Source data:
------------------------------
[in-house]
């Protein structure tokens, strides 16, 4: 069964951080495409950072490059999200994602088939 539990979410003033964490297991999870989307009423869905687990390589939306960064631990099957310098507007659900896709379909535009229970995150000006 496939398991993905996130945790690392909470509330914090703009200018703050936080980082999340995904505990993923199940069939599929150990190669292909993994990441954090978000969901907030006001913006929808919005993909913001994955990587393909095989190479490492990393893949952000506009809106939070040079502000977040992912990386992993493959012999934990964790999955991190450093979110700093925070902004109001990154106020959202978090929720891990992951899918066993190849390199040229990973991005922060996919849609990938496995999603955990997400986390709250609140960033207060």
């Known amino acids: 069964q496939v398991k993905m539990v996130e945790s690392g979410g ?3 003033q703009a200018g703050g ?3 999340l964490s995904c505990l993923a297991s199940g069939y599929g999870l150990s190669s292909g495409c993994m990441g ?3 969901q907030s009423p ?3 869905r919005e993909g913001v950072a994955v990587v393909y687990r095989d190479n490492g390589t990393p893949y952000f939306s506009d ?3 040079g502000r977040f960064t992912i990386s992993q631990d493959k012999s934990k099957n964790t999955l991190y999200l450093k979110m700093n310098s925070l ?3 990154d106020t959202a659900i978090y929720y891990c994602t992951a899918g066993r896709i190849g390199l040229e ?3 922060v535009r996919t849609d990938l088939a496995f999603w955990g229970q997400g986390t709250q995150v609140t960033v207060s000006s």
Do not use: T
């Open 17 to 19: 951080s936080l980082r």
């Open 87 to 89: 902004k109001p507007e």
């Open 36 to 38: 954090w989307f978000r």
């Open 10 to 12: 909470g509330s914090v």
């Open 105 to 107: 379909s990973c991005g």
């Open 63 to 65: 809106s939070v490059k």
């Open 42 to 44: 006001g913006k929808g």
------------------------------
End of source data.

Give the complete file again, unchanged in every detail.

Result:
[in-house]
């Protein structure tokens, strides 16, 4: 069964951080495409950072490059999200994602088939 539990979410003033964490297991999870989307009423869905687990390589939306960064631990099957310098507007659900896709379909535009229970995150000006 496939398991993905996130945790690392909470509330914090703009200018703050936080980082999340995904505990993923199940069939599929150990190669292909993994990441954090978000969901907030006001913006929808919005993909913001994955990587393909095989190479490492990393893949952000506009809106939070040079502000977040992912990386992993493959012999934990964790999955991190450093979110700093925070902004109001990154106020959202978090929720891990992951899918066993190849390199040229990973991005922060996919849609990938496995999603955990997400986390709250609140960033207060």
């Known amino acids: 069964q496939v398991k993905m539990v996130e945790s690392g979410g ?3 003033q703009a200018g703050g ?3 999340l964490s995904c505990l993923a297991s199940g069939y599929g999870l150990s190669s292909g495409c993994m990441g ?3 969901q907030s009423p ?3 869905r919005e993909g913001v950072a994955v990587v393909y687990r095989d190479n490492g390589t990393p893949y952000f939306s506009d ?3 040079g502000r977040f960064t992912i990386s992993q631990d493959k012999s934990k099957n964790t999955l991190y999200l450093k979110m700093n310098s925070l ?3 990154d106020t959202a659900i978090y929720y891990c994602t992951a899918g066993r896709i190849g390199l040229e ?3 922060v535009r996919t849609d990938l088939a496995f999603w955990g229970q997400g986390t709250q995150v609140t960033v207060s000006s």
Do not use: T
């Open 17 to 19: 951080s936080l980082r």
């Open 87 to 89: 902004k109001p507007e």
């Open 36 to 38: 954090w989307f978000r």
């Open 10 to 12: 909470g509330s914090v």
């Open 105 to 107: 379909s990973c991005g």
């Open 63 to 65: 809106s939070v490059k």
């Open 42 to 44: 006001g913006k929808g």